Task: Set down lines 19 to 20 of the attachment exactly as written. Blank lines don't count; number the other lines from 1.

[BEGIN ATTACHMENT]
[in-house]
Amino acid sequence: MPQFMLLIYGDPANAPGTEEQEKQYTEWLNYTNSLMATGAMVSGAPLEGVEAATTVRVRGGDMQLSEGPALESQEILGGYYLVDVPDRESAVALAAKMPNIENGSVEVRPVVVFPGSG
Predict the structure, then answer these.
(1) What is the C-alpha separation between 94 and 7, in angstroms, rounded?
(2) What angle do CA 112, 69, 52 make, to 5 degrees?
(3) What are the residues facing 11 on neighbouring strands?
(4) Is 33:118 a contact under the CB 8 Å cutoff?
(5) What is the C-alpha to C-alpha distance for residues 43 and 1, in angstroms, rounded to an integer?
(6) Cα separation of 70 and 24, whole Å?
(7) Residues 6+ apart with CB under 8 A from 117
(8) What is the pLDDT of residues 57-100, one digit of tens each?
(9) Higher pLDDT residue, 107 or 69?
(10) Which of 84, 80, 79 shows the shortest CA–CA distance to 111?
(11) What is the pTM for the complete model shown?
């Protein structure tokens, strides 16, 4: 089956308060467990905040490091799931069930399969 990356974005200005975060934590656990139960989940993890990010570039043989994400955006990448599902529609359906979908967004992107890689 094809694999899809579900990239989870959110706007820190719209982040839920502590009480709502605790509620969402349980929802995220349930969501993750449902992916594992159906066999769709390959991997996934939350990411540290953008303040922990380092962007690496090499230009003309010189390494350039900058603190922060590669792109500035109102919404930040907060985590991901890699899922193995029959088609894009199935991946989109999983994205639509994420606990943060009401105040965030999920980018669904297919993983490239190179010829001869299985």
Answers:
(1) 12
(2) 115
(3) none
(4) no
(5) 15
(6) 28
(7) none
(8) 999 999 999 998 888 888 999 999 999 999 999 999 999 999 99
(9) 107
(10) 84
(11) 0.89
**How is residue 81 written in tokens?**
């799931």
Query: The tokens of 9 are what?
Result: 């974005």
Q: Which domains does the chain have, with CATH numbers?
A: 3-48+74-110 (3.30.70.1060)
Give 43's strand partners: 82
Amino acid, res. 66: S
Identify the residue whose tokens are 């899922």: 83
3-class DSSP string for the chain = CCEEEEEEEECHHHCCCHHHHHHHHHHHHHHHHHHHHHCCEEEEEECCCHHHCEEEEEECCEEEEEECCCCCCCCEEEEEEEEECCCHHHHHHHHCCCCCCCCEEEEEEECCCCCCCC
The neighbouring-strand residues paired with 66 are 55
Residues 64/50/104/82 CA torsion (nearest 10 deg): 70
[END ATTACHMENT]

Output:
(3) none
(4) no